Steve Reich is probably the most remix-ready of contemporary classical composers, which makes this project a good idea whose time should have come long ago. His minimalist twelve-tone symphonettes are constructed around trippy circular riffs that just beg to be sliced up into loops and juxtaposed against steely drum-machine rhythms. Happily, the nine mixmaster generals on Reich Remixed have radically different notions of how to go about doing this. The British duo Coldcut pile mushrooming synths and modern-primitive beats onto Reich's classic "Music for 18 Musicians," rattling his serene dreamscape with ambient-techno mayhem. Nobukazu Takemura taps into the becalming spirituality of "Proverb" by adding a gently pulsing electronic undertow and a soaring choirboy vocal. And, true to form, DJ Spooky delves into pure metal-machine music abstraction with his take on "City Life." Reich purists may take issue with Remixed, but if it leads a few inquiring minds to check out the original recordings, it's a mission accomplished. (RS 811)MARC WEINGARTEN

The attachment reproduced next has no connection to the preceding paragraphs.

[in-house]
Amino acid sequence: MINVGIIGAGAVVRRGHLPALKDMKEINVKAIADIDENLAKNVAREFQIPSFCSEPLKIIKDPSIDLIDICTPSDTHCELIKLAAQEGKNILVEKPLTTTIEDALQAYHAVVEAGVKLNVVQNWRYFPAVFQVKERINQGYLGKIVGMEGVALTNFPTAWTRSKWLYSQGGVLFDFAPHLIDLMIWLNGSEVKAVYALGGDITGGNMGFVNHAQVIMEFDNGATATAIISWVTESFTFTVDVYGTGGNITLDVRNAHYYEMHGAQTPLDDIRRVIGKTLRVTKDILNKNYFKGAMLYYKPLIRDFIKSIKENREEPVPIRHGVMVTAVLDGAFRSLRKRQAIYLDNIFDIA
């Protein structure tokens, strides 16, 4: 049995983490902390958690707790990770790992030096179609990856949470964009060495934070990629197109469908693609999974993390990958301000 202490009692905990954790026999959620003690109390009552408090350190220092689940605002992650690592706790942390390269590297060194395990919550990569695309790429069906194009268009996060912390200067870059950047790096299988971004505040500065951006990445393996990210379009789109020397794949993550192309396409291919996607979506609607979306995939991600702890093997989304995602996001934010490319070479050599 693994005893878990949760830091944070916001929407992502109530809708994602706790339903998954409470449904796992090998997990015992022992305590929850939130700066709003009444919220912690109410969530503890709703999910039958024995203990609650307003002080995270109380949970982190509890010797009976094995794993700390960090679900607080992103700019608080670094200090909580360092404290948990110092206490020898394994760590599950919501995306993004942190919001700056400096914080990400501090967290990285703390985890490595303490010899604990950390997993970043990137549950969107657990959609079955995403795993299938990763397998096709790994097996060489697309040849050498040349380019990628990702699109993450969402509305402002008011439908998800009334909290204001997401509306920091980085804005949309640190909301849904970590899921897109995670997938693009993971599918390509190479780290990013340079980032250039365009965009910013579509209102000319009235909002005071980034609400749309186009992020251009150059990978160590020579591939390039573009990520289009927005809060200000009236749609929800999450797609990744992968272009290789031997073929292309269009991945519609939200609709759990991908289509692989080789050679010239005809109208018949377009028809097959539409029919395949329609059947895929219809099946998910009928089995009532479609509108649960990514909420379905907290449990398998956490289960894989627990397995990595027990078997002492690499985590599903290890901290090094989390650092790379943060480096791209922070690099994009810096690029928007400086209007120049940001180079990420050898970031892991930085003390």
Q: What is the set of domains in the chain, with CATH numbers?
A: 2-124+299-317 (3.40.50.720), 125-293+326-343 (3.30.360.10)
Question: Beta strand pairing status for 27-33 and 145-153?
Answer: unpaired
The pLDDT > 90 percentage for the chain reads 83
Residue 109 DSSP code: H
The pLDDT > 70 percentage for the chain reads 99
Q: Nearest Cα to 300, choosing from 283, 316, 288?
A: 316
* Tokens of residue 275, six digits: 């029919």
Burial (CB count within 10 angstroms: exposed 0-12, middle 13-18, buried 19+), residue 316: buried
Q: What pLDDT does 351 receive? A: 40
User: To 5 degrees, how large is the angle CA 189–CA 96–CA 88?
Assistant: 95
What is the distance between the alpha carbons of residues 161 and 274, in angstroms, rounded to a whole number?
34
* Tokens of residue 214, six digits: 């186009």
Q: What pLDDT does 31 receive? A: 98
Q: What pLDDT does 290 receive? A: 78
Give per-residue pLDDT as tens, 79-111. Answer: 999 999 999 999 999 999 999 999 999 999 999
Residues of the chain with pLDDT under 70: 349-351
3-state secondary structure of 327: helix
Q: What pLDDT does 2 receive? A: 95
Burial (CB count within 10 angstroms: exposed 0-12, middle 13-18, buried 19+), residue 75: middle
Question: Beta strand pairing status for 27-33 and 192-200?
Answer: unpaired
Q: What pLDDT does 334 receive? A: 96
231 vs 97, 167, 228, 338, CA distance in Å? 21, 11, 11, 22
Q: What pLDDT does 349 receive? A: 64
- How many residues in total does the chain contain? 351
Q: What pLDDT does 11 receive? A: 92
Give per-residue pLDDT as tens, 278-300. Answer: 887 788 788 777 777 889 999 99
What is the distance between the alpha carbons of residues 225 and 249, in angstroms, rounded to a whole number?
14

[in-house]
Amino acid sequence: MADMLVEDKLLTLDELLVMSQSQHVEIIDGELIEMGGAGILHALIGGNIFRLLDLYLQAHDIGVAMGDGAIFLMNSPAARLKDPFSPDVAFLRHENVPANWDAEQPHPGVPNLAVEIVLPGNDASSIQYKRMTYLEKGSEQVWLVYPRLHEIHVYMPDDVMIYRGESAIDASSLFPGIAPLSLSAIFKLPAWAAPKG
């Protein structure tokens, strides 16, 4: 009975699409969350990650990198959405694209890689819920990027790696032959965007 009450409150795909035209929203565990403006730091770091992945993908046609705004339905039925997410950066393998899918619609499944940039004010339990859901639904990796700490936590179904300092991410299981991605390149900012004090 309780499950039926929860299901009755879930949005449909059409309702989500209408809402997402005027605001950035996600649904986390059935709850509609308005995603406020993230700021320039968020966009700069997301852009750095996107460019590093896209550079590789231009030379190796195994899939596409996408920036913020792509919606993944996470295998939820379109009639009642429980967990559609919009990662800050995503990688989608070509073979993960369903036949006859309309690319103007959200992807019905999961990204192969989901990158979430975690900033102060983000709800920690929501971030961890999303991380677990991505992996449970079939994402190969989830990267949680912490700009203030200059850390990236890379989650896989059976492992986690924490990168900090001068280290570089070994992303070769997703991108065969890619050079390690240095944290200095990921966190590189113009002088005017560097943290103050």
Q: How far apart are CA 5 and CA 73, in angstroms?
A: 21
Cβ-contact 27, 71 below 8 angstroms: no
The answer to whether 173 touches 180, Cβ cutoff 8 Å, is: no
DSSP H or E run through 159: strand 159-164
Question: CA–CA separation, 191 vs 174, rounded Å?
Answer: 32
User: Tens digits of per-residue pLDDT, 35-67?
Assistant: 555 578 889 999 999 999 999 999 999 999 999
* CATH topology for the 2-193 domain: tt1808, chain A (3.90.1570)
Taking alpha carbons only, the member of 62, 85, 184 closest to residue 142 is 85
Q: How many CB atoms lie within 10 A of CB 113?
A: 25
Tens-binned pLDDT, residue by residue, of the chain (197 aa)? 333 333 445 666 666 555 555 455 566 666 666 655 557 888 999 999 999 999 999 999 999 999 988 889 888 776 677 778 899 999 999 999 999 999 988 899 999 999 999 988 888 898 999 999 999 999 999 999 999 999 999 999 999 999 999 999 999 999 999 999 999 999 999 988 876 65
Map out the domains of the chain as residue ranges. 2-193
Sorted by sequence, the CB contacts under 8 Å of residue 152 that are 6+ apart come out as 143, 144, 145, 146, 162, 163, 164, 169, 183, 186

Alarm Will Sound's recording of Steve Reich's monumental orchestral/choral works The Desert Music and Tehillim, released on the Cantaloupe label in 2002, greatly benefits from the group's close connections with the composer: the ensemble's conductor, Alan Pierson, and several of the performers studied at the Eastman School with Brad Lubman, a conductor frequently enlisted by Reich. Also, Pierson's arrangements, which reconcile the chamber and orchestral versions that exist for both works, were prepared in close consultation with the composer; thus, this may well be the definitive recording of these pieces. Brilliantly sonorous in their climaxes – the burst of light near the end of Desert Music, the "Alleluias" that close Tehillim – the players also articulate Reich's intricate canonic textures with nimble precision. Voices and strings are always an Achilles heel within Reich's percussive textures (leading him to eliminate part doublings in favor of giving each line to a lone, amplified performer), but here the singers and strings maintain an impressive rhythmic vitality. This knack for precision carries over to the pristine recording, as well, which, for good or ill, was digitally recorded and heavily edited. Still, it makes up in energy and clarity what it might lack in performative spontaneity.